DISTRESS—even when positive or superlative, is still only comparative. “Such is the pressure of the times in our town,” said a Birmingham manufacturer to his agent in London, “that we have good workmen who will get up the inside of a watch for eighteen shillings.”—“Pooh! that is nothing, compared to London," replied his friend ; "we have boys here who will get up the inside of a chimney for sixpence!”
DRAM-A small quantity taken in large quantities by those who have few grains of sobriety, and no scruples of conscience. Horace Walpole records, that when one of his contemporaries died, in consequence, as it was currently said, of an over-addiction to brandy, the escutcheon affixed to the house of the deceased exhibited the common motto of “Mors janua vita ;" upon which a wag observed—“Surely there has been a mistake in this inscription: it should have been ‘ Mors aqua ritæ.?"
DRAMA—MODERN—Every sort of drama, except tragedy and comedy; such as melo-drama, hippo-drama, &c.
DREAMS—The invisible visions to which we are awake in our sleep; the life of death; the sights seen by the blind; the sounds heard by the deaf; the language of the dumb; the sensations of the insensible; a mystery which may afford us some vague notion of the undeveloped powers of the human mind, waiting, perhaps, the longer sleep of death, before they receive a full expansion. Objects thus presented to us can only be a wild combination, we are told, of those with which we have been previously conversant; but in these revelations, there seems to be an occasional apocalypse of another world, or, at least, a different state of being from our present existence. What are the prevalent dreams of persons born blind? This subject has not excited inquiry, but it seems of a nature to deserve it, as it might lead to some very curious results. Are forms or. figures presented to them, either animate or inanimate, and if so, do they bear any resemblance to their originals ? Every thing thus fitting before the mind's eye must be a creation, not a recollection, to him who can only have gathered vague notions of form from the touch, and can have no idea of color. The dreams of maniacs, could they be detailed, would supply matter for not less interesting speculation. We may imagine them to embody forth all that is gorgeous, magnificent, rapturous, and paradisiacal; or to evoke the most hideous and terrific phantasmagoria, according to the different moods of their madness. Somnambulism, which may be termed an intermediate affection between dreaming and insanity, would also present many mental diagnostics, of the most curious character, could we “observingly distil them out.”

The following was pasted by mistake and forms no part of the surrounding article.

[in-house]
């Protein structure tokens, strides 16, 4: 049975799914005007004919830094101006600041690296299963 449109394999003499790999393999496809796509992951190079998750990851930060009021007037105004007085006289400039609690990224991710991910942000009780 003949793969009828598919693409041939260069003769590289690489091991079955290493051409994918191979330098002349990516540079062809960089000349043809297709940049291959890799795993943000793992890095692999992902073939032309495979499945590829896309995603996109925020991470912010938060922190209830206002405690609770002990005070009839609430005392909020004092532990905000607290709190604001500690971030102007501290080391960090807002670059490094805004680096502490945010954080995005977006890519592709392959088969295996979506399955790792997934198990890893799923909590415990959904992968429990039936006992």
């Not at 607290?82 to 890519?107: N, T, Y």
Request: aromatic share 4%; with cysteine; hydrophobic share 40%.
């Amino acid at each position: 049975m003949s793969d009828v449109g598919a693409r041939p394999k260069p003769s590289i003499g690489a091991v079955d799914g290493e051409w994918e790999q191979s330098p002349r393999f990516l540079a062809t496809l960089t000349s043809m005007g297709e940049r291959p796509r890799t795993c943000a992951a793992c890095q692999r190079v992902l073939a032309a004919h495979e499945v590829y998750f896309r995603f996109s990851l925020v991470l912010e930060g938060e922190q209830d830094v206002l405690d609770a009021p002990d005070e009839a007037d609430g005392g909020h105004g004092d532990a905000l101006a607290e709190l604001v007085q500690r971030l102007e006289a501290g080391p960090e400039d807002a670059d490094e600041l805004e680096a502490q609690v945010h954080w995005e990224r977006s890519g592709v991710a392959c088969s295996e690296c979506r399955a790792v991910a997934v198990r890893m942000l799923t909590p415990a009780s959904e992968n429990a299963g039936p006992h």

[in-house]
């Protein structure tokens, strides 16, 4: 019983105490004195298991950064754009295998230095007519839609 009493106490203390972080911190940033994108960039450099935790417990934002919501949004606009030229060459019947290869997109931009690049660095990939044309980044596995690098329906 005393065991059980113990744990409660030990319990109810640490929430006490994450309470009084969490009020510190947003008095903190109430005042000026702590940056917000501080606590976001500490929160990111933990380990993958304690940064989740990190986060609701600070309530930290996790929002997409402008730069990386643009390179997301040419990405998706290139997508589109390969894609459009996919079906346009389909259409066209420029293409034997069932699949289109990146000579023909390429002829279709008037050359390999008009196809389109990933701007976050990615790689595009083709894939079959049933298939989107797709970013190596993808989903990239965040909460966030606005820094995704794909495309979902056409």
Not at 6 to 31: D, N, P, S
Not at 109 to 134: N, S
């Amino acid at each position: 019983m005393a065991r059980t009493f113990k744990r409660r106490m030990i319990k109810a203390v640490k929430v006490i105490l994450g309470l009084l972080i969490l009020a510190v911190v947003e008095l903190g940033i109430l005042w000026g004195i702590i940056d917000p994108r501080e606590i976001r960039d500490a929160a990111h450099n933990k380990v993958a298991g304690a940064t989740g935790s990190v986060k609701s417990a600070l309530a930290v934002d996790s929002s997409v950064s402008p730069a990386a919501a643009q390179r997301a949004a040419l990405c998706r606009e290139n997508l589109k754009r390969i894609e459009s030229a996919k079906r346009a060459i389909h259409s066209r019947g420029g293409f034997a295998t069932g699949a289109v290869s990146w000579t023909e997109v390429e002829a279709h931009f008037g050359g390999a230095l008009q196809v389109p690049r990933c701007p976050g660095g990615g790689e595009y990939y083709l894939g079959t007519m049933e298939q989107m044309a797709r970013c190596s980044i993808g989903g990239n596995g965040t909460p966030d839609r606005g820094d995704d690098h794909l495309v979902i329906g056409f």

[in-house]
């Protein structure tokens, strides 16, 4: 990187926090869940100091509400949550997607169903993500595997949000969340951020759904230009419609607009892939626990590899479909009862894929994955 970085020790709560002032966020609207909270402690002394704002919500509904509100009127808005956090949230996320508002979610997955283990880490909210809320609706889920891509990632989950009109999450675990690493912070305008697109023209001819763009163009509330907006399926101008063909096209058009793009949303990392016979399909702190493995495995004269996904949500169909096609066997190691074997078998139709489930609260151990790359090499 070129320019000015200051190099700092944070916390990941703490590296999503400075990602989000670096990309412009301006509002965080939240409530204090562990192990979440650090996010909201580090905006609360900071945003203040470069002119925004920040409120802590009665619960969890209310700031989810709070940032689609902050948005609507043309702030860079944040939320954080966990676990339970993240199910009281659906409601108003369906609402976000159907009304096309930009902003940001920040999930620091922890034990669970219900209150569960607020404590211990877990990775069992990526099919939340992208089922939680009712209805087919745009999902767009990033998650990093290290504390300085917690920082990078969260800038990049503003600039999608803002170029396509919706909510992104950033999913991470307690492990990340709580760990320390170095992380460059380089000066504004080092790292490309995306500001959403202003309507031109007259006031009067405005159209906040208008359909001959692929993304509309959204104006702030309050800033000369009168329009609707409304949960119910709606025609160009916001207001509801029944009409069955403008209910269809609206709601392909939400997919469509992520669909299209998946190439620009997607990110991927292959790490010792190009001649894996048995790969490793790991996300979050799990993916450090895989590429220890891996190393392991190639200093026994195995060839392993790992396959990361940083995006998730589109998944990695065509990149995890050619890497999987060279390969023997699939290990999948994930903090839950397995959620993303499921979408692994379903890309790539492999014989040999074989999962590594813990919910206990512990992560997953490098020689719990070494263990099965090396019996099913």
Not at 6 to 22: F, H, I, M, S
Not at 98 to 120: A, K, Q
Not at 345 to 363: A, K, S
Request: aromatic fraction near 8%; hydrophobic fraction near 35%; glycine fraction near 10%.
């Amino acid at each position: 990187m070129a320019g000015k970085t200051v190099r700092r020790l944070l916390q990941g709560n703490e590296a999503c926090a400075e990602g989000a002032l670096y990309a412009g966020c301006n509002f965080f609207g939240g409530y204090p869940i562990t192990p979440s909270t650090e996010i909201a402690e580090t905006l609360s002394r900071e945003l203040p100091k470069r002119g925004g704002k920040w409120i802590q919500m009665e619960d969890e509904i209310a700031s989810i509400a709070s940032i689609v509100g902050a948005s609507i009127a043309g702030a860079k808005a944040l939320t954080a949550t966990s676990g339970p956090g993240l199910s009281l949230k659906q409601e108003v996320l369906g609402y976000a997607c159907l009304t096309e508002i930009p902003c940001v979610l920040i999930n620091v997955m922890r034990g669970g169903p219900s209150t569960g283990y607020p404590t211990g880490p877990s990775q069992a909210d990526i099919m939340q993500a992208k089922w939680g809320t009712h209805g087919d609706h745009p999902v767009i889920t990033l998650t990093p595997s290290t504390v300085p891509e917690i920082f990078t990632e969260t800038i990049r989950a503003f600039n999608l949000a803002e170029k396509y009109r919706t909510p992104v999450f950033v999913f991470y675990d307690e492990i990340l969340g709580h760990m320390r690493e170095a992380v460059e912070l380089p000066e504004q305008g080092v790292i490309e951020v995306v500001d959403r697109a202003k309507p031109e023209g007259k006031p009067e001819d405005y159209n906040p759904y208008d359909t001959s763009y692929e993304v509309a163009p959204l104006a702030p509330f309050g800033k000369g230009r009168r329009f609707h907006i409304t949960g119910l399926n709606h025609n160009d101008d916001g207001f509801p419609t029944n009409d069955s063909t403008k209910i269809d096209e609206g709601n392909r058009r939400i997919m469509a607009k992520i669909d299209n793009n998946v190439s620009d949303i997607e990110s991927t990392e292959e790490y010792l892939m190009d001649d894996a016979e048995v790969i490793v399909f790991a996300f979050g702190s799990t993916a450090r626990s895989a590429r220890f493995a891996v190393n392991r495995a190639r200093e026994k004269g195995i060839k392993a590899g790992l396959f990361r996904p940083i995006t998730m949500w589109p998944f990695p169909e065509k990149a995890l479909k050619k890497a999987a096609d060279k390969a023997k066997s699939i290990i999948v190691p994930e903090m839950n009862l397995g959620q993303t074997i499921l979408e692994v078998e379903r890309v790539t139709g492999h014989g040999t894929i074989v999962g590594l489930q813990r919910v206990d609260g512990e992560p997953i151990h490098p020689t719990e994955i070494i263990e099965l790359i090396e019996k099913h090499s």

It has been asserted by medical writers, who have attentively considered the subject, that our senses and organs sink to sleep in the following succession :--1st, the sense of sight; 2d, the taste ; 3d, the smell; 4th, the hearing; 5th, the touch. The powers of the mind may, in the mean time, be inert, active or deranged, according to circumstances; but they are never altogether coherent. The two principal theories of dreams suppose them to originate wholly in direct impressions on the senses during sleep; or to be ascribable to the supremacy of the mind, which, being unfettered by objects of sense, takes a wider